Arlene Foster has confirmed she will leave the Democratic Unionist Party when she steps down as First Minister of Northern Ireland.

Ms Foster also said that if new party leader Edwin Poots appoints a new ministerial team on Tuesday, she will step down immediately as first minister.

She had previously said she would stay in the role until the end of June.

Speaking to reporters as she visited pupils at Banbridge Academy, Mrs Foster was asked what she will do if Mr Poots announces his team on Tuesday.

"My reaction is that I will resign as well because I have my ministerial team in the Executive with me, we have worked very closely together," Mrs Foster said.

"If Edwin decides that he wants to change that team, I will have to go as well because I can't stay with a new ministerial team of which I have no authority, and that would be wrong."

In an interview with BBC's "Newcast podcast", Ms Foster said that her ousting from the party was brutal "even by DUP standards".

"I think that said a couple of days after what had happened I said that politics is brutal, but even by the DUP standards, it was pretty brutal.

"In terms of what happened, I had absolutely no idea, and was telephoned by a close colleague and told that this was happening on Monday evening, and then by Tuesday morning, it was all in the papers," she said.

Last night, Mr Poots said relationships with the Irish Government are "really, really bad" and claimed it would "starve" the people of Northern Ireland of medicines and the food on their table.

He was speaking after he was formally ratified as leader following a lengthy meeting of the party's executive council.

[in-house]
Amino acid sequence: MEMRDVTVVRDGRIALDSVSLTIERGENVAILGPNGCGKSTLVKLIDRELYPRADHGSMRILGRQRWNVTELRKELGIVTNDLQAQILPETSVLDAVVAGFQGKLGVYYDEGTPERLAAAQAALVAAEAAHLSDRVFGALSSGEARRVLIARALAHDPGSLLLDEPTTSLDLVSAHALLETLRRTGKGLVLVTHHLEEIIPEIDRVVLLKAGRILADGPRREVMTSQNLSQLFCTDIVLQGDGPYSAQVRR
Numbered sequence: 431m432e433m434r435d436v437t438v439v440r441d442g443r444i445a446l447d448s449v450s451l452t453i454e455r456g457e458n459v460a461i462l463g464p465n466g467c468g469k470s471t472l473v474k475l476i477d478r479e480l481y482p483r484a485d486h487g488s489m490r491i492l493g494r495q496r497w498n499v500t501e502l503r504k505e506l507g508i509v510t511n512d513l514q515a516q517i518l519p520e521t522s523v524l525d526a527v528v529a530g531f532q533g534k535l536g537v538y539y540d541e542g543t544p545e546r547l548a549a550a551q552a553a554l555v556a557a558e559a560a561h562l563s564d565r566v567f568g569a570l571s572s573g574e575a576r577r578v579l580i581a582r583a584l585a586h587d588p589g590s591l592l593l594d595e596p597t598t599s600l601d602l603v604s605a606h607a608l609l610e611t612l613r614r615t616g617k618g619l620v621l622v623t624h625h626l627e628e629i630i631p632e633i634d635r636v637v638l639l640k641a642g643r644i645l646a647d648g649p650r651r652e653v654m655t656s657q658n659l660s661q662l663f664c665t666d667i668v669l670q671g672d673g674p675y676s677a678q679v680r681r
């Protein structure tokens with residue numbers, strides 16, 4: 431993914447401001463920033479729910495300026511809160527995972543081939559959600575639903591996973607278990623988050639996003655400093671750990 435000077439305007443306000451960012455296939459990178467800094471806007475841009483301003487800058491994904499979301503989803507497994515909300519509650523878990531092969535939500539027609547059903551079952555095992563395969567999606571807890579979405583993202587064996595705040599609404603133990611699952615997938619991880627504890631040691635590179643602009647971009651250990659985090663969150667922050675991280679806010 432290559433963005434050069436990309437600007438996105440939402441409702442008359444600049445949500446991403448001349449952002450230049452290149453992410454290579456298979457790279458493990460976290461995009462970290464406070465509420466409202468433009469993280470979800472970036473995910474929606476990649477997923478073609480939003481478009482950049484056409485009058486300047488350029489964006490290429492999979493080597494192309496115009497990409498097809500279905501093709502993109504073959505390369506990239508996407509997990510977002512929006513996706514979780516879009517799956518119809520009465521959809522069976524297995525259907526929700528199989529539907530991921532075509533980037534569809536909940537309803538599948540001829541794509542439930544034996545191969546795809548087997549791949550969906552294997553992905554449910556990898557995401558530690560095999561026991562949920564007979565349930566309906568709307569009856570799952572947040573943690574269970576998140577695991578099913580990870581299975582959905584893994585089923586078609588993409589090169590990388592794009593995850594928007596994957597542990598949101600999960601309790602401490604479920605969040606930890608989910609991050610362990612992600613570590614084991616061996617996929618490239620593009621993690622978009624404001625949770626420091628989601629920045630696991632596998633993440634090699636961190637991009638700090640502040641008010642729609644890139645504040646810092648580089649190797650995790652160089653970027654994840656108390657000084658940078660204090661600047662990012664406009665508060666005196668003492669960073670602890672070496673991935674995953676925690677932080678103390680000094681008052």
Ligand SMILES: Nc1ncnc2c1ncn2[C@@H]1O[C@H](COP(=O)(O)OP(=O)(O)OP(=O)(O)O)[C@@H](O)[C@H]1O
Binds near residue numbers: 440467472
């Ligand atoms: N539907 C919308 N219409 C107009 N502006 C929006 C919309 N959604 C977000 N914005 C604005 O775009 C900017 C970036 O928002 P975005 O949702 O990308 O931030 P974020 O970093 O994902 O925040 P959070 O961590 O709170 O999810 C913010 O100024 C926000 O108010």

Mr Poots said that he respects the Taoiseach, but took aim at the Tánaiste Leo Varadkar, Minister for Foreign Affairs Simon Coveney and the Northern Ireland Protocol.

He said they "took photographs of blown up border posts to impose upon Northern Ireland people a harshest form of customs, and an internal market that doesn't exist anywhere else in the world".

"They’re going to starve Northern Ireland people of medicines, no less, cancer drugs and other materials such as the food that’s on our table.

"And I’d say that’s a shame on the Irish Government that they done that. And that belongs to Fine Gael under the leadership of Leo Varadkar and Simon Coveney. So relationships are really, really bad with the Irish Government as a consequence," he said.

Today, he said that he hopes to speak with Taoiseach Micheál Martin in the next few days.

Mr Poots struck a more conciliatory tone towards the Irish Government, saying "I don't have any issue, as a unionist, working with my friends and colleagues in the Republic of Ireland.

"And I'd hope that they will work with me to ensure that they do not punish Irish or British people living in Northern Ireland, in the way they're currently doing and that's something they really need to reflect on and withdraw from."

Executive meeting